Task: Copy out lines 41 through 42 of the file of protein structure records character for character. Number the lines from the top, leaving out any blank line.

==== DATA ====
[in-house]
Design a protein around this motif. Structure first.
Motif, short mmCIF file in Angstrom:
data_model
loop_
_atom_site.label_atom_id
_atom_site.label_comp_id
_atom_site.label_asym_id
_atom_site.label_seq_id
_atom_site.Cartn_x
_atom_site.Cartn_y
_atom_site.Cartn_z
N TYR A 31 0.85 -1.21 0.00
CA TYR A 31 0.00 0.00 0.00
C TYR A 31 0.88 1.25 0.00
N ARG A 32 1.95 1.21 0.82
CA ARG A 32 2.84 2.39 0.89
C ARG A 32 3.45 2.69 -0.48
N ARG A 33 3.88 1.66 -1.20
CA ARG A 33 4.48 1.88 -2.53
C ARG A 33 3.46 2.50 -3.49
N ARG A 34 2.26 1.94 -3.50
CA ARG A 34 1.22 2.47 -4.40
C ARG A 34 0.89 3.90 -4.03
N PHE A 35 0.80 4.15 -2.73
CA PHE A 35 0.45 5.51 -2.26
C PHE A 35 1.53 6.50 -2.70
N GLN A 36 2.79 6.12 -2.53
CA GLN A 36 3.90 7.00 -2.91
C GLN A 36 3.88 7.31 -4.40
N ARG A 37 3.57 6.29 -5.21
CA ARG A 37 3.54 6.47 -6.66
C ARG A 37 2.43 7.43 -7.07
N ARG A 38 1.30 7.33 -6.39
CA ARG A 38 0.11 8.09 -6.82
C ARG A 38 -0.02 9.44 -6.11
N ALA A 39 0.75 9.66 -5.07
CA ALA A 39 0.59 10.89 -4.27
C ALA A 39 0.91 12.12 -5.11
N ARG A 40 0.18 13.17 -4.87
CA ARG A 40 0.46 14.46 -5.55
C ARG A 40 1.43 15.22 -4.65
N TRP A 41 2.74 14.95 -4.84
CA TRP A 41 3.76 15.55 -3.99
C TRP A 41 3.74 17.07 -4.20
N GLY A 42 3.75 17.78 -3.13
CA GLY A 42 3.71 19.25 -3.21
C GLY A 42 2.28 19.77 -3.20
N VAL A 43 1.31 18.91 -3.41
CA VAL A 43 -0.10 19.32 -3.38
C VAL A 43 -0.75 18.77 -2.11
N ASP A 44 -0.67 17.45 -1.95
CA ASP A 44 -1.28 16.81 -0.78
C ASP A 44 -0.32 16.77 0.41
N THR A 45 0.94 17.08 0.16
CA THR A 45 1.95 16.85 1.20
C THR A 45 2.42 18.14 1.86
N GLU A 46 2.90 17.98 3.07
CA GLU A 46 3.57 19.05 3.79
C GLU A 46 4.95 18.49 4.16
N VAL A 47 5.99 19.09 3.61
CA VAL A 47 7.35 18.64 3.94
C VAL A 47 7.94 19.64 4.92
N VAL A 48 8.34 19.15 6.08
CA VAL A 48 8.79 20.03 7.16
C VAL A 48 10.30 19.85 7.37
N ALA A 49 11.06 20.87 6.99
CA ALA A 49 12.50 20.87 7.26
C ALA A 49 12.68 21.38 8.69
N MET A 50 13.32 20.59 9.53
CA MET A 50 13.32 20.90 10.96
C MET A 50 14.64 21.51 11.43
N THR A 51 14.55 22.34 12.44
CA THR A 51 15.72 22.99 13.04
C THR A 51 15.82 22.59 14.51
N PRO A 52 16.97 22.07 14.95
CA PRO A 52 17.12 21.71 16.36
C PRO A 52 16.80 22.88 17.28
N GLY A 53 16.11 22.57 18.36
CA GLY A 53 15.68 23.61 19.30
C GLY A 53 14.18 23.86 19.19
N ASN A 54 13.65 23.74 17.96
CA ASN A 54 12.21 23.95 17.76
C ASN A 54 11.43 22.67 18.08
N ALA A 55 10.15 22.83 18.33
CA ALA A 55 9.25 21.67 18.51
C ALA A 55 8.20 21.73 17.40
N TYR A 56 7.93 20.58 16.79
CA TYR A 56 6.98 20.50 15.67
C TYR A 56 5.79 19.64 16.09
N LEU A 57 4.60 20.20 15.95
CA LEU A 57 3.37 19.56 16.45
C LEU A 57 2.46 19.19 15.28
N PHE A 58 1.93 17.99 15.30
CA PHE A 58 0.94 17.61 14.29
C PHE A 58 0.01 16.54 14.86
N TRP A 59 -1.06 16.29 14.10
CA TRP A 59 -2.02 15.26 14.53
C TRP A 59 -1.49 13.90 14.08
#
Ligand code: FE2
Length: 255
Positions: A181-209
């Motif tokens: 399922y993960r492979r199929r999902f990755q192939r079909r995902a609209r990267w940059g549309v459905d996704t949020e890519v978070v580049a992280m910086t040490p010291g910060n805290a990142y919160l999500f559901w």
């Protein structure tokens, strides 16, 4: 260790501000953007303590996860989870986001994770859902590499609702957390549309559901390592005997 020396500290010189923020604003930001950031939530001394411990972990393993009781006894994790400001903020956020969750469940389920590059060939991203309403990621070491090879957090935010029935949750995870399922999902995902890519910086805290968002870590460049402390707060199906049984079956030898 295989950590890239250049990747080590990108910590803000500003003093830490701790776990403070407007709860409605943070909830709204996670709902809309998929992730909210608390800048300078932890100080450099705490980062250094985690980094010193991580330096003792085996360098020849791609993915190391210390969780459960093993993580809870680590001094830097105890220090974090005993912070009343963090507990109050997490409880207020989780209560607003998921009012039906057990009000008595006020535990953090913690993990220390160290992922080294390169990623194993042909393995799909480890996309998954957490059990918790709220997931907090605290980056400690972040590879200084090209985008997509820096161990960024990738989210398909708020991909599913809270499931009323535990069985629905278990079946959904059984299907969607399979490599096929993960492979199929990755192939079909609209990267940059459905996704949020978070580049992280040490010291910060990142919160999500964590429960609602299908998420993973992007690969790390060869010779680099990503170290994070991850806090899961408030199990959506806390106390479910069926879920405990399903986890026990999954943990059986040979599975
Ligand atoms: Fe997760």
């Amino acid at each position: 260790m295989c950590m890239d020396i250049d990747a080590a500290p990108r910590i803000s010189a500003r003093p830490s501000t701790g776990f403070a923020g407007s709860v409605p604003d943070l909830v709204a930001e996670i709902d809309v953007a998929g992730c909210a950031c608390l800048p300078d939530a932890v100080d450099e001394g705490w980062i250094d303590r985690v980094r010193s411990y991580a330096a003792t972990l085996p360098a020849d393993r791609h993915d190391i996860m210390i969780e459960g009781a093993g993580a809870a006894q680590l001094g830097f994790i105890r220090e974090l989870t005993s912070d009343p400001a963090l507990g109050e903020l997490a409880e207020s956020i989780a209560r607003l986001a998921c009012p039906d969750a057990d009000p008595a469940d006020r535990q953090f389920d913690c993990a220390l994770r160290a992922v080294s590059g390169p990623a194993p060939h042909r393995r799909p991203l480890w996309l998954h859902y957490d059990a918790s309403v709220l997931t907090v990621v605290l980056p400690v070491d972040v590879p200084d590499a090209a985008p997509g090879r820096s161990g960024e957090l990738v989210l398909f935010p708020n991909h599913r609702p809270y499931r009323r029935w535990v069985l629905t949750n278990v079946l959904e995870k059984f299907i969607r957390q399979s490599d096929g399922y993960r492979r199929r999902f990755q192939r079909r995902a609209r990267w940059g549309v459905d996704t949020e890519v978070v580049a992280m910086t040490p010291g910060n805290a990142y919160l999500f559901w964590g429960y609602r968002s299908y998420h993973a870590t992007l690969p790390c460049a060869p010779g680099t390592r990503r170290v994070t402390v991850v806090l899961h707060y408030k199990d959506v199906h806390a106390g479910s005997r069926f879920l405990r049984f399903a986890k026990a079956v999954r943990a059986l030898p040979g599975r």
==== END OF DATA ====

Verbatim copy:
CA ARG A 40 0.46 14.46 -5.55
C ARG A 40 1.43 15.22 -4.65